Publications & Reports

Glucose metabolism in T cells and monocytes: New perspectives in HIV pathogenesis.

Palmer CS, Cherry CL, Sada-Ovalle I, Singh A, Crowe SM


Activation of the immune system occurs in response to the recognition of foreign antigens and receipt of optimal stimulatory signals by immune cells, a process that requires energy. Energy is also needed to support cellular growth, differentiation, proliferation, and effector functions of immune cells. In HIV-infected individuals, persistent viral replication, together with inflammatory stimuli contributes to chronic immune activation and oxidative stress. These conditions remain even in subjects with sustained virologic suppression on antiretroviral therapy. Here we highlight recent studies demonstrating the importance of metabolic pathways, particularly those involving glucose metabolism, in differentiation and maintenance of the activation states of T cells and monocytes. We also discuss how changes in the metabolic status of these cells may contribute to ongoing immune activation and inflammation in HIV- infected persons and how this may contribute to disease progression, establishment and persistence of the HIV reservoir, and the development of co-morbidities. We provide evidence that other viruses such as Epstein–Barr and Flu virus also disrupt the metabolic machinery of their host cells. Finally, we discuss how redox signaling mediated by oxidative stress may regulate metabolic responses in T cells and monocytes during HIV infection.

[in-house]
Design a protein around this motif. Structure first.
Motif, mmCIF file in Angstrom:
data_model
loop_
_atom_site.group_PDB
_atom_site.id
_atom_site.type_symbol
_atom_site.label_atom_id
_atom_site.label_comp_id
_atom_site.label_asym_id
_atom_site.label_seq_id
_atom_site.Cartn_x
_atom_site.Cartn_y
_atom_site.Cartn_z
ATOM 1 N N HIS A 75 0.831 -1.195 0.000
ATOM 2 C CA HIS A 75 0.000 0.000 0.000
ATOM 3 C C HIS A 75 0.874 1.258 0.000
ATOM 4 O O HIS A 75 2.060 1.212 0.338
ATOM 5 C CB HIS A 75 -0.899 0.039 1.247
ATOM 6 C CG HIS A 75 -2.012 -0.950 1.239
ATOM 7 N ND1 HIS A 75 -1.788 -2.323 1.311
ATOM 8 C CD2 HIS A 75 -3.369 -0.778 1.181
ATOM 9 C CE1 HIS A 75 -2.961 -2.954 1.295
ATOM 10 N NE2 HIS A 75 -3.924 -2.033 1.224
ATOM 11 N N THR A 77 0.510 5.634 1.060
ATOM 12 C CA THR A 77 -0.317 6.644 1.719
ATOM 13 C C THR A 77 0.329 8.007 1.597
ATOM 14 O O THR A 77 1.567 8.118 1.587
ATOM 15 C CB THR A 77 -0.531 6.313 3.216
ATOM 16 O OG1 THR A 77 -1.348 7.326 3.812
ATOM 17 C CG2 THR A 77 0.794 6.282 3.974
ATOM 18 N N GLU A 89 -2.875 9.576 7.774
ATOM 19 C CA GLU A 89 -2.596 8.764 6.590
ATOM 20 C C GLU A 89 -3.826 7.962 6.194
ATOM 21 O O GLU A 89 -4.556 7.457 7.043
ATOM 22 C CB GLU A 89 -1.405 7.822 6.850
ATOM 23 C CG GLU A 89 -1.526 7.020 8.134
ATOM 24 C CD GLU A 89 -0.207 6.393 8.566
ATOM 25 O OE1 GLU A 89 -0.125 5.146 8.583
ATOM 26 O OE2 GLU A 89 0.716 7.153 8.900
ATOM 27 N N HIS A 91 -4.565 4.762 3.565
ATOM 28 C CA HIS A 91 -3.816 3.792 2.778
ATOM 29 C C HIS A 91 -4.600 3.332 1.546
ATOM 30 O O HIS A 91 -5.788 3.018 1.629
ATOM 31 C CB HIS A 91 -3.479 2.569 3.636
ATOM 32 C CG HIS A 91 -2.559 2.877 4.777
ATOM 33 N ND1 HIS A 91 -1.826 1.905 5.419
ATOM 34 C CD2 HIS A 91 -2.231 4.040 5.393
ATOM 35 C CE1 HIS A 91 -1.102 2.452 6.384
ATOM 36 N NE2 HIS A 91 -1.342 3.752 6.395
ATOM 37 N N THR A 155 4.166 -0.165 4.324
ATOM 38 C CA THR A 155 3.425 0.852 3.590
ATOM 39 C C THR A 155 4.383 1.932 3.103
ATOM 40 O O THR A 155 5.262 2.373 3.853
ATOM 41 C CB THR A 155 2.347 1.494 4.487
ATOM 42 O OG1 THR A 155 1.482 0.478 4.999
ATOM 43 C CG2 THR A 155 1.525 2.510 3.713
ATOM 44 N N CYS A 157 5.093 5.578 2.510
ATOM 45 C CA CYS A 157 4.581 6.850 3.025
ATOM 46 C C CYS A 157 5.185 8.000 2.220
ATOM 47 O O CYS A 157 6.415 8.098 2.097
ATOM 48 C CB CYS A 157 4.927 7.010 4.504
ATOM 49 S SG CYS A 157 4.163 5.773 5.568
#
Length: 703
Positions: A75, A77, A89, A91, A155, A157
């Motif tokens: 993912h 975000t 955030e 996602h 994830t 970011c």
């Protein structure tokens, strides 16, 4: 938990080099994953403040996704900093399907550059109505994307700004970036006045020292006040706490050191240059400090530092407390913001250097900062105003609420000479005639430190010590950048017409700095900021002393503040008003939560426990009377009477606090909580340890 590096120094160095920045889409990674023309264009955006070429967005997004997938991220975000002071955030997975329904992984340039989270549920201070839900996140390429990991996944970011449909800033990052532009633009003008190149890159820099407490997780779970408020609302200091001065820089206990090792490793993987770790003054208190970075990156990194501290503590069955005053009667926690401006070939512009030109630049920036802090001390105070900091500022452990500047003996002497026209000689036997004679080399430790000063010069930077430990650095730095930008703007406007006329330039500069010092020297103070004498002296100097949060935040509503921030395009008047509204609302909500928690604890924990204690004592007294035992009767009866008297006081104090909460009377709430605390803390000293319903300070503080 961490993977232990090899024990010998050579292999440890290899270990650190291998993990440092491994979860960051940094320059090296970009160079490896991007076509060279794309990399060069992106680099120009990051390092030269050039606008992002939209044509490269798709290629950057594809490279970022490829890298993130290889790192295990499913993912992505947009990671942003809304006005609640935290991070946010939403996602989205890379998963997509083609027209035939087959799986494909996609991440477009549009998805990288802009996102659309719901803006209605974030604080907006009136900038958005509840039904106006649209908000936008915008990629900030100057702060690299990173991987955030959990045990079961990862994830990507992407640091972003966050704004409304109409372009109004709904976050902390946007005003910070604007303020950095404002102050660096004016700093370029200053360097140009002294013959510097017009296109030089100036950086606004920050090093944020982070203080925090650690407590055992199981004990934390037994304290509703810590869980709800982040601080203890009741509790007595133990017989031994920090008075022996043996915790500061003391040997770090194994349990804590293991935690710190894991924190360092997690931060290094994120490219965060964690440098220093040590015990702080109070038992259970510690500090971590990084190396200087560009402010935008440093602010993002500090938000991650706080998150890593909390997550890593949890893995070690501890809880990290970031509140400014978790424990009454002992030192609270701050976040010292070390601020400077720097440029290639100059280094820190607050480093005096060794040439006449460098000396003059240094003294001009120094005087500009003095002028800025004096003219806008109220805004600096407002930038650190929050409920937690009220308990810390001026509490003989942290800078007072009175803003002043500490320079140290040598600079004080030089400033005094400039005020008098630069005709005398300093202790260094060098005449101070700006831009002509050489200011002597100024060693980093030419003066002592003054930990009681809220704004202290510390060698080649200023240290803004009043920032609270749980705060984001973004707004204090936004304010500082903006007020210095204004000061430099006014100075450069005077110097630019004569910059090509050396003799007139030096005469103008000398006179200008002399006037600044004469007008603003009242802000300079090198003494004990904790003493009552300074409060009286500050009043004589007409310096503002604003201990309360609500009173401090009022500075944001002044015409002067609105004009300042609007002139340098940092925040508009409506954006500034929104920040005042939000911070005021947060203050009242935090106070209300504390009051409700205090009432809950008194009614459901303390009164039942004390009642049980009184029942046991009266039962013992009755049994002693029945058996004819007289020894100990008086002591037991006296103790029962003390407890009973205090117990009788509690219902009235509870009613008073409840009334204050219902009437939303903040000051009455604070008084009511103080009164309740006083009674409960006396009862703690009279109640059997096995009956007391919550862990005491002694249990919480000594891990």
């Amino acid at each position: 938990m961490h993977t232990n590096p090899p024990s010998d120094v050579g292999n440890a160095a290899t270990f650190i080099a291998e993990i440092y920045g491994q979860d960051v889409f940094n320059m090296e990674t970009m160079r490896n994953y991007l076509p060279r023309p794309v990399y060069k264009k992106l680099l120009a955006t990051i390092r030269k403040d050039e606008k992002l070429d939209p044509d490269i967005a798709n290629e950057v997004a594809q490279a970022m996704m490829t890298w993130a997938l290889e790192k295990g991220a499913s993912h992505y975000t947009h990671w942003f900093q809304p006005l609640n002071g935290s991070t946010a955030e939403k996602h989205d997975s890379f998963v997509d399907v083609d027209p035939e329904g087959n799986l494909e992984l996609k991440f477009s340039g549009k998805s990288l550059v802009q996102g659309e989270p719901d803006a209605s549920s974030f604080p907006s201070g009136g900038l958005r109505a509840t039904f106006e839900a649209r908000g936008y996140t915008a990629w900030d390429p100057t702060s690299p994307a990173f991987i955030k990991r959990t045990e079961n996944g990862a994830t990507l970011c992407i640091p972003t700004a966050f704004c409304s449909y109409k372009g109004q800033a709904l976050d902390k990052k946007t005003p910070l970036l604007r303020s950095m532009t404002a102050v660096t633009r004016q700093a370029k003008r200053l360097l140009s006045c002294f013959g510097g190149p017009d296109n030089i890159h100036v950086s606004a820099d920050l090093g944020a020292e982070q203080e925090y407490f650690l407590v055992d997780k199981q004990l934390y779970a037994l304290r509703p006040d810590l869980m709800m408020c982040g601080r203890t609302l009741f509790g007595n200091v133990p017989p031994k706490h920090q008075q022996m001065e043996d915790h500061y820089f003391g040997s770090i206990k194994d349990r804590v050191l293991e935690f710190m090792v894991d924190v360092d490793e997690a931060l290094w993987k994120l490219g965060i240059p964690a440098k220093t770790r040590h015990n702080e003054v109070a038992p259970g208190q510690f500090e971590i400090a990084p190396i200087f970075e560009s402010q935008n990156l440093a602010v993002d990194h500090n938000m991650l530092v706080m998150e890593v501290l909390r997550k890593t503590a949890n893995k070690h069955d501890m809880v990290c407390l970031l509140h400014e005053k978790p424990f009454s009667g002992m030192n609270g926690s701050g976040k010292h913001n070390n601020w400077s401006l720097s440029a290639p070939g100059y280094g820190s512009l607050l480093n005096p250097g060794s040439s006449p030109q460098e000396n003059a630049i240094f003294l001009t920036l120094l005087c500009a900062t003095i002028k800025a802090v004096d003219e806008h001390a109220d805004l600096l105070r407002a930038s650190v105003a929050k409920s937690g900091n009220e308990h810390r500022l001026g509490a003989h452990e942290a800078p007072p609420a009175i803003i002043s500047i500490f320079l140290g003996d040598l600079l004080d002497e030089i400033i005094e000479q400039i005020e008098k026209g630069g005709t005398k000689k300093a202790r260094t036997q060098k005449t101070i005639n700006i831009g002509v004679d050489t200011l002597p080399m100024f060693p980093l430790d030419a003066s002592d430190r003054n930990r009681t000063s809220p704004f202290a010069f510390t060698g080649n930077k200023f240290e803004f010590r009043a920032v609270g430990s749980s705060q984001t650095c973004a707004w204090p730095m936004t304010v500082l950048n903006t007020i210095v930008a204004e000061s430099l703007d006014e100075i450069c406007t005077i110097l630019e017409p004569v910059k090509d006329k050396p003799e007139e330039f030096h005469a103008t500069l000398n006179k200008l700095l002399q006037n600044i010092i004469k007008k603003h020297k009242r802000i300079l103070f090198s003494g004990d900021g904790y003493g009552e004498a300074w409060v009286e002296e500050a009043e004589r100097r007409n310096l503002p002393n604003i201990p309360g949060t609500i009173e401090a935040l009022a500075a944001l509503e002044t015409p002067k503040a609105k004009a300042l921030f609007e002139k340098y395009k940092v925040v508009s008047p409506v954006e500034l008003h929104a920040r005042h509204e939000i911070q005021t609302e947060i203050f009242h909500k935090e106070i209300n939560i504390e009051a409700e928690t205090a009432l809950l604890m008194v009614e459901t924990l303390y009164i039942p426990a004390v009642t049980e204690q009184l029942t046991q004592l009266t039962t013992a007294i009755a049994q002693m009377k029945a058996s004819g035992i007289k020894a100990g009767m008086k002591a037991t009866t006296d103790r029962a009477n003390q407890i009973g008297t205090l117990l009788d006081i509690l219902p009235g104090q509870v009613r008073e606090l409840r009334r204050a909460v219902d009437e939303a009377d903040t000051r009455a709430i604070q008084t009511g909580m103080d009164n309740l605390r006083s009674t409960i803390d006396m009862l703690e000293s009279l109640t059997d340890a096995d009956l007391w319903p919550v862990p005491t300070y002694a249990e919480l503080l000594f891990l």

This research was funded by the Australian Centre for HIV and Hepatitis Virology Research (ACH2) and a 2010 developmental grant (CNIHR) from the University of Washington Center for AIDS Research (CFAR), an NIH funded program under award number AI027757 which is supported by the following NIH Institutes and Centers (NIAID, NCI, NIMH, NIDA, NICHD, NHLBI, NIA). C.S.P. is a recipient of the CNIHR and ACH2 grant. S.M.C. is a recipient of a National Health and Medical Research Council of Australia (NHMRC) Principal Research Fellowship. A.S. is a recipient of CNIHR grant and acknowledges Indian C.S. Palmer et al. / EBioMedicine 6 (2016) 31–41 39 Council of Medical Research (ICMR, ICM 0067) for funding. The funders had no role in paper design, data collection, data analysis, interpretation, writing of the paper. The authors gratefully acknowledge the contribution to this work of the Victorian Operational Infrastructure Support Program received by the Burnet Institute. C.S.P would like to thank Mr Wallace Wainhouse at for graphic consultations.


  • Journal: EBioMedicine
  • Published: 05/02/2016
  • Volume: 6
  • Pagination: 31-41


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